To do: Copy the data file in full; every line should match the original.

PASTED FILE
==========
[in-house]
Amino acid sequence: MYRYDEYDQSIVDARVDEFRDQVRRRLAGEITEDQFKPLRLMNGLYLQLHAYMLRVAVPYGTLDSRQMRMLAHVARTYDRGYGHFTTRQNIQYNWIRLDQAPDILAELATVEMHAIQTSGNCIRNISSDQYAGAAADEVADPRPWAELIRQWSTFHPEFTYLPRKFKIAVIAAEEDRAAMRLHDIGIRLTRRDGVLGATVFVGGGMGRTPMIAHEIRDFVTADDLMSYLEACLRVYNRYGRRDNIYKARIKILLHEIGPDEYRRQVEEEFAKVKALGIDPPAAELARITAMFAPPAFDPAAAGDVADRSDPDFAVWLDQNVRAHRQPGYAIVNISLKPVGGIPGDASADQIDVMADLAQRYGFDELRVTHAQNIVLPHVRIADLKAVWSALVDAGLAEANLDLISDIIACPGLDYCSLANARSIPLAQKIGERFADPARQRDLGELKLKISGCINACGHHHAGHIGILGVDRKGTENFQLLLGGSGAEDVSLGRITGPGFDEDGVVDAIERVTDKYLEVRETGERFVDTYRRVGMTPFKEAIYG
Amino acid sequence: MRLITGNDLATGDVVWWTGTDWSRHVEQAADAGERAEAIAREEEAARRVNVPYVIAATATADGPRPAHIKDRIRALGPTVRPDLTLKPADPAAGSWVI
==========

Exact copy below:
[in-house]
Amino acid sequence: MYRYDEYDQSIVDARVDEFRDQVRRRLAGEITEDQFKPLRLMNGLYLQLHAYMLRVAVPYGTLDSRQMRMLAHVARTYDRGYGHFTTRQNIQYNWIRLDQAPDILAELATVEMHAIQTSGNCIRNISSDQYAGAAADEVADPRPWAELIRQWSTFHPEFTYLPRKFKIAVIAAEEDRAAMRLHDIGIRLTRRDGVLGATVFVGGGMGRTPMIAHEIRDFVTADDLMSYLEACLRVYNRYGRRDNIYKARIKILLHEIGPDEYRRQVEEEFAKVKALGIDPPAAELARITAMFAPPAFDPAAAGDVADRSDPDFAVWLDQNVRAHRQPGYAIVNISLKPVGGIPGDASADQIDVMADLAQRYGFDELRVTHAQNIVLPHVRIADLKAVWSALVDAGLAEANLDLISDIIACPGLDYCSLANARSIPLAQKIGERFADPARQRDLGELKLKISGCINACGHHHAGHIGILGVDRKGTENFQLLLGGSGAEDVSLGRITGPGFDEDGVVDAIERVTDKYLEVRETGERFVDTYRRVGMTPFKEAIYG
Amino acid sequence: MRLITGNDLATGDVVWWTGTDWSRHVEQAADAGERAEAIAREEEAARRVNVPYVIAATATADGPRPAHIKDRIRALGPTVRPDLTLKPADPAAGSWVI